Bulls

The Point Game Podcast: David Aldridge

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The Point Game Podcast: David Aldridge

On the latest episode of the Point Game Podcast featuring CSNChicago.com Bulls Insider Vincent Goodwill and San Antonio Express-News Spurs writer Jabari Young, TNT's David Aldridge joined the two in review of the first week of the NBA season.

Aldridge, a longtime NBA writer and columnist, was in Chicago for the NBA's season opener with the Bulls and Cavaliers and had the opportunity to interview President Barack Obama, who was in attendance.

He was asked if he was nervous considering all the extra security in the building that night and the fact it was the President of the United States.

"The answer to all that is yes, it's the president. You don't get that often," Aldridge said. "A long time ago I interviewed President Clinton in D.C. at the MCI Center. It's deep, man. You know who the guy is and what he means to people. Yeah, you're nervous."

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Everyone knows Obama is a huge Bulls fan and NBA fan in general so the interview itself wasn't too difficult.

"It's good I can ask him regular questions as opposed to try to figure out what his level of knowledge is about the NBA and then it can go in a any direction and some of it isn't good if he doesn't know anything," Aldridge said. "But what made it easy is because he does know. It wasn't like I had to think about the question. It's a regular question because I know he knew."

Aldridge was also in Chicago for the he said/he said controversy between Bulls coach Fred Hoiberg and Joakim Noah. Hoiberg said Noah volunteered to come off the bench and Noah, days later, said the conversation didn’t go like that.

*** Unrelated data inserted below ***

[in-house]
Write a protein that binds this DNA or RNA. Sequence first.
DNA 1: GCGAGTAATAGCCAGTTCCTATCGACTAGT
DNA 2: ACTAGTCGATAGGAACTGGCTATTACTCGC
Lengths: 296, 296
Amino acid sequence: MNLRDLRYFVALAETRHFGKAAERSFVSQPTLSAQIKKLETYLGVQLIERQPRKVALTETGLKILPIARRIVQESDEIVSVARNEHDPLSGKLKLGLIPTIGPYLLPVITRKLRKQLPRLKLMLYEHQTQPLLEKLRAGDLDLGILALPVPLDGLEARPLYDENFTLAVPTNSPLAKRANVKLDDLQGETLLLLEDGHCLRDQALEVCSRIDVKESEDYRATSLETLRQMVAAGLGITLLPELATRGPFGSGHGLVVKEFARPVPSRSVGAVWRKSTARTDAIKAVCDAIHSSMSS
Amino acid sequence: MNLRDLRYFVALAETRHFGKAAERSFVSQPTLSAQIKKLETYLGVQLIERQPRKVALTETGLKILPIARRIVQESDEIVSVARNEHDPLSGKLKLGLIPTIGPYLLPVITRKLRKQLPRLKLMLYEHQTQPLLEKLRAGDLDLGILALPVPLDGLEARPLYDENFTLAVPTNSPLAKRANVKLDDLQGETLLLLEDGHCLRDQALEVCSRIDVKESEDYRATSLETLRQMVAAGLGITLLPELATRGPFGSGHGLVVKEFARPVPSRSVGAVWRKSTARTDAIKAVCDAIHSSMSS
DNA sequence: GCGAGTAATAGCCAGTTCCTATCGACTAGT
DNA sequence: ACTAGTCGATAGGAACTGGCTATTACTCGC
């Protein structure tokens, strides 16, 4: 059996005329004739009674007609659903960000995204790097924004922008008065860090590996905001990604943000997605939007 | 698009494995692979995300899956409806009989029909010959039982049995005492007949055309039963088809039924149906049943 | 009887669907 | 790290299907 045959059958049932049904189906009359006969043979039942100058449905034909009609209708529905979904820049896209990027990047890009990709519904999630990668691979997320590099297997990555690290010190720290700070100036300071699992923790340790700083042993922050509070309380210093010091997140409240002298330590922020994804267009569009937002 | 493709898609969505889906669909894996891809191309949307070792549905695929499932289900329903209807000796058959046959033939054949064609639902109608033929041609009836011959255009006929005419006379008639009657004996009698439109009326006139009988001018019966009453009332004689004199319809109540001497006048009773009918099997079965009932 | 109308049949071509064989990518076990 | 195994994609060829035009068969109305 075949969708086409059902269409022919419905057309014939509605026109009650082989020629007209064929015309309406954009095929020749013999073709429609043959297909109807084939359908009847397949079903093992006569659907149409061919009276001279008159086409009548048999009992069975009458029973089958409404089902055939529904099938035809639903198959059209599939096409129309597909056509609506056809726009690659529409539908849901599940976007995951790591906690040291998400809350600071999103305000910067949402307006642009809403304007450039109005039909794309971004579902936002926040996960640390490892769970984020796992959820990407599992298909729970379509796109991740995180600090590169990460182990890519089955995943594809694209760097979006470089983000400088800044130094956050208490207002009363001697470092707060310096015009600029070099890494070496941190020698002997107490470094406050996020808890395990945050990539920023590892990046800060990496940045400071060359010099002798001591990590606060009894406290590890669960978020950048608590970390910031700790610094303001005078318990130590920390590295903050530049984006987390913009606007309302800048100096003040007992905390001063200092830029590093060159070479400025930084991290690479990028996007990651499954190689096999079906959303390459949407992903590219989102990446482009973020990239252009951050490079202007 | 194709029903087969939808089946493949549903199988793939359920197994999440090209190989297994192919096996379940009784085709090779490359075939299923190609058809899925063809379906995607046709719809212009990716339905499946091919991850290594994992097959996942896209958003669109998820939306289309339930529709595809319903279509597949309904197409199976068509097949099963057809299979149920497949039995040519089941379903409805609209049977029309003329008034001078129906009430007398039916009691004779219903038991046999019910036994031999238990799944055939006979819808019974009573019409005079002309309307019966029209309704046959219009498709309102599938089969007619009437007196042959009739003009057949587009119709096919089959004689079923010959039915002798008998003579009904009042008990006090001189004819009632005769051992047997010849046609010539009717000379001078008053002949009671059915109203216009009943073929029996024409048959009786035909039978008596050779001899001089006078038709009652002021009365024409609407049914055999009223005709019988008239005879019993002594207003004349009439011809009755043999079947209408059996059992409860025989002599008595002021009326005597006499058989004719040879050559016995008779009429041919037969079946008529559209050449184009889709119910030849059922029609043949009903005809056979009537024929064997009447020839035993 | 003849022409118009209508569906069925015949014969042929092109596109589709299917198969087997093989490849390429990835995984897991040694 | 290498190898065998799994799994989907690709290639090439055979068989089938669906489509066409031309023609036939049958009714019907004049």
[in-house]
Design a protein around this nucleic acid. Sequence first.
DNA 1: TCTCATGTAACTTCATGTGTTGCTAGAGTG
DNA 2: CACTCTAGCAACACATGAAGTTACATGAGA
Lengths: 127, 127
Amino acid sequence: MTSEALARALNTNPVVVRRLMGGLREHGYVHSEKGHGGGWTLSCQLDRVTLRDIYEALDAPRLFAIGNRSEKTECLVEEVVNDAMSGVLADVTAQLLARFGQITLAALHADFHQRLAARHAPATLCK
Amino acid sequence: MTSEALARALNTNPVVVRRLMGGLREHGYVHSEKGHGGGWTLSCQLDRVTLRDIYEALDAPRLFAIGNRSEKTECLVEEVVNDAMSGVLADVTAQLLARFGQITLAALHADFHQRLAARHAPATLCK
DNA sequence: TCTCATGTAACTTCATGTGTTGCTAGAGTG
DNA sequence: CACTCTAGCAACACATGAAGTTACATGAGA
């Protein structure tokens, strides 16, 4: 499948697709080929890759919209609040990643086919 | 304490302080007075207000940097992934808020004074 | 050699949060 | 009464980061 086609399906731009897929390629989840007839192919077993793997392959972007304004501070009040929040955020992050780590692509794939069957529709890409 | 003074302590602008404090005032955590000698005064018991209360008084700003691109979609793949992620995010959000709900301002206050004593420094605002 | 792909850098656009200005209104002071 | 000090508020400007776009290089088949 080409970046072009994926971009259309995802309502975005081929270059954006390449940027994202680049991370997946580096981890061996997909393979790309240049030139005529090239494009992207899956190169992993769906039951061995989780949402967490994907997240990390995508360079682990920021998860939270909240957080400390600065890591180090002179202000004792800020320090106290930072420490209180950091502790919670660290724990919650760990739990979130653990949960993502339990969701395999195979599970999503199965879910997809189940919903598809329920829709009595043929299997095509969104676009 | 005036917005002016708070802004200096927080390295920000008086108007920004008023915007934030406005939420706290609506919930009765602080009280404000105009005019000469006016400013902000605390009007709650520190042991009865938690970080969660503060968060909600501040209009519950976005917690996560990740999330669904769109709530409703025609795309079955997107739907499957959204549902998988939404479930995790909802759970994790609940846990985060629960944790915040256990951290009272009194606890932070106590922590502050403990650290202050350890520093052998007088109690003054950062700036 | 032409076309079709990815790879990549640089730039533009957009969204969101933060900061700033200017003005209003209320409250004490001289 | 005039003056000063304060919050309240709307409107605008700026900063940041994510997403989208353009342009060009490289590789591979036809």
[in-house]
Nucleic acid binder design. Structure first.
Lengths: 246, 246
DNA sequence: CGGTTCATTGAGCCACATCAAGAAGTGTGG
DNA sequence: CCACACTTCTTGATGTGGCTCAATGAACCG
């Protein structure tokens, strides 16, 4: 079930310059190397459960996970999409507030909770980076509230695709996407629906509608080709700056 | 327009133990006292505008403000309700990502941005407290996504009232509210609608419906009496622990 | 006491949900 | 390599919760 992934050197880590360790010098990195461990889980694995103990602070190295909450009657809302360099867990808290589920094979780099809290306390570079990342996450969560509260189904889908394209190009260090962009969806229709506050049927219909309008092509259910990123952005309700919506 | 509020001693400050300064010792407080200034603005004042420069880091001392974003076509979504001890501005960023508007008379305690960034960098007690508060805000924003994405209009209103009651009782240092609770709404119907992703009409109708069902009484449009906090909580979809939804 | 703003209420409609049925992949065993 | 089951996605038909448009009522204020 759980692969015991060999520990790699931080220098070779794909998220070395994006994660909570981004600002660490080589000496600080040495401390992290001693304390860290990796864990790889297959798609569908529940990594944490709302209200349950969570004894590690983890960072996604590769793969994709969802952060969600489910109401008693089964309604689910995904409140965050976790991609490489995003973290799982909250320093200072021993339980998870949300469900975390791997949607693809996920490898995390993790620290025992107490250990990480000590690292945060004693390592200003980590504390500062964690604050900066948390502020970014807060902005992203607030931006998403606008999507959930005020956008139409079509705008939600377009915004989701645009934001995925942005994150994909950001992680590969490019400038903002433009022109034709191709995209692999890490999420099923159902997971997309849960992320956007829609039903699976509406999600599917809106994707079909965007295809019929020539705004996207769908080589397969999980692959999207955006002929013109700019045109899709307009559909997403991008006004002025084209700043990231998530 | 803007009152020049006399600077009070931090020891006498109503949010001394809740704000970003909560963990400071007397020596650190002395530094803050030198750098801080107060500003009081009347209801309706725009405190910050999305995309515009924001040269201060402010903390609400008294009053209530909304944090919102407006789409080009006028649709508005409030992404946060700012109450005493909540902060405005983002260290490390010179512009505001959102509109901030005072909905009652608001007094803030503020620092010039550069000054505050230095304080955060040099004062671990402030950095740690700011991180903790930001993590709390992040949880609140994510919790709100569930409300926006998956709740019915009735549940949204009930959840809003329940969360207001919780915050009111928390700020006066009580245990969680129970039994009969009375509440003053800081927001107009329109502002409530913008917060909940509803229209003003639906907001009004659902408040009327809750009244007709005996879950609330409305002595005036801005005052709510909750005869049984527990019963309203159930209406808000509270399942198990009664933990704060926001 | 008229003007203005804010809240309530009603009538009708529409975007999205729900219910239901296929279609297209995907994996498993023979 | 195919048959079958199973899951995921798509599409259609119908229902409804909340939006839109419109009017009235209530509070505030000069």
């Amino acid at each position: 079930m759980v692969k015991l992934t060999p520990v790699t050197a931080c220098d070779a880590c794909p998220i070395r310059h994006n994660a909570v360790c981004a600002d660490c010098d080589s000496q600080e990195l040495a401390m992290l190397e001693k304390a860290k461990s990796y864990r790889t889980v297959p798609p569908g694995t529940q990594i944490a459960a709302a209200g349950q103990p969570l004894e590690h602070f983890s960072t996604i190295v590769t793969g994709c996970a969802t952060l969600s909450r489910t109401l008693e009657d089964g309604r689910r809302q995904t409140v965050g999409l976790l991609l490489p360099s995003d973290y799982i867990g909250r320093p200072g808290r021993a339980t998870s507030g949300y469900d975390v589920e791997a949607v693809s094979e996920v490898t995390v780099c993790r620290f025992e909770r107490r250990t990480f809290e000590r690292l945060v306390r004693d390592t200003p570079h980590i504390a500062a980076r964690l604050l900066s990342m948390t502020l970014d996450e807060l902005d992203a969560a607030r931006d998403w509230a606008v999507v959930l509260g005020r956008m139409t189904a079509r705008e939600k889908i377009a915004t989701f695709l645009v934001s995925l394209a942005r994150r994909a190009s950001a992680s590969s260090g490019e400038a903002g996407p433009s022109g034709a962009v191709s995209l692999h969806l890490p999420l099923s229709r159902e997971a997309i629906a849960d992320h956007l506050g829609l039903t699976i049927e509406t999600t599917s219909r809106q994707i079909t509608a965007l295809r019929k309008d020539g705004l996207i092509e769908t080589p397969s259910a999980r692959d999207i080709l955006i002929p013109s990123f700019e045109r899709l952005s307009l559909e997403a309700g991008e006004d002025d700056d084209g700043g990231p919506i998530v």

“What Fred told us in the (TNT) meeting was that Joakim came to him,” Aldridge said. “But he did not say ‘I want to come off the bench.’ The version we were told was, ‘If you’re thinking about this, I play really well with (Taj) Gibson, so if you wanna do it, I’m down with it for the good of the team.’ There’s a distinction there.

“I think he understood the way they wanted to play, that they wanted to shoot more 3s like everybody else, that he and Pau (Gasol) just don’t work together. Not that way.”

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Aldridge has covered the NBA for The Washington Post, had a stint at ESPN and was a columnist for the Philadelphia Inquirer. He was asked about the difference between covering the league back in the day compared to the Twitter/Instagram world that's inundated coverage now.

"You don't have time to think anymore," Aldridge said. "I could have a piece of information and get it in the afternoon. I could think whether it's important or not, call some people to see what they think and then write a story with some nuance. You don't do that anymore. I don't do hot takes, I'm no good at it."

Aldridge also named Magic Johnson the most compelling person he's covered, gave his observations on the NBA at large, including LeBron James "pacing himself" through the regular season and in the wake of Flip Saunders' passing, spoke about the longtime coach as well.

NBA Board of Governors pass new, stricter anti-tampering rules

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USA TODAY

NBA Board of Governors pass new, stricter anti-tampering rules

After much discussion over whether or not the NBA should impose harsher penalties on teams for breaking the anti-tampering rules, an official decision has been made. The NBA Board of Governors passed a much more strict set of rules that will force teams to be compliant with the anti-tampering rules.